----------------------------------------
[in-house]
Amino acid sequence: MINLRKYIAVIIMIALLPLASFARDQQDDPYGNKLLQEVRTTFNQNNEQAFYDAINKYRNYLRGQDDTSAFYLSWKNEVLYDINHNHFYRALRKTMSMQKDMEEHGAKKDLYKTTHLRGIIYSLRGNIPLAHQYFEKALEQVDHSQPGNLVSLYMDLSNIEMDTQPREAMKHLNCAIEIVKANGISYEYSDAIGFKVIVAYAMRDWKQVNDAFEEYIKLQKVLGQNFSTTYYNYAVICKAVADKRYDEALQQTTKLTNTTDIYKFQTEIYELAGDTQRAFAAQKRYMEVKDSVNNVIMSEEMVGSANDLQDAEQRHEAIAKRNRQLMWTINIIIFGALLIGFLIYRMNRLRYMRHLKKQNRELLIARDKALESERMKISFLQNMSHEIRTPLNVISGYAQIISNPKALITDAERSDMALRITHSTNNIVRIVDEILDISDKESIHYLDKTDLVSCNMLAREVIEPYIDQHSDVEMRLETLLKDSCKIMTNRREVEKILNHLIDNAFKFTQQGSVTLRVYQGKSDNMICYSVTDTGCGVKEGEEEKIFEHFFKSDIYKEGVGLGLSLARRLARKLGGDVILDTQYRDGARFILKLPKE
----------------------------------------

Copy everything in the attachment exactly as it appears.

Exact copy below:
[in-house]
Amino acid sequence: MINLRKYIAVIIMIALLPLASFARDQQDDPYGNKLLQEVRTTFNQNNEQAFYDAINKYRNYLRGQDDTSAFYLSWKNEVLYDINHNHFYRALRKTMSMQKDMEEHGAKKDLYKTTHLRGIIYSLRGNIPLAHQYFEKALEQVDHSQPGNLVSLYMDLSNIEMDTQPREAMKHLNCAIEIVKANGISYEYSDAIGFKVIVAYAMRDWKQVNDAFEEYIKLQKVLGQNFSTTYYNYAVICKAVADKRYDEALQQTTKLTNTTDIYKFQTEIYELAGDTQRAFAAQKRYMEVKDSVNNVIMSEEMVGSANDLQDAEQRHEAIAKRNRQLMWTINIIIFGALLIGFLIYRMNRLRYMRHLKKQNRELLIARDKALESERMKISFLQNMSHEIRTPLNVISGYAQIISNPKALITDAERSDMALRITHSTNNIVRIVDEILDISDKESIHYLDKTDLVSCNMLAREVIEPYIDQHSDVEMRLETLLKDSCKIMTNRREVEKILNHLIDNAFKFTQQGSVTLRVYQGKSDNMICYSVTDTGCGVKEGEEEKIFEHFFKSDIYKEGVGLGLSLARRLARKLGGDVILDTQYRDGARFILKLPKE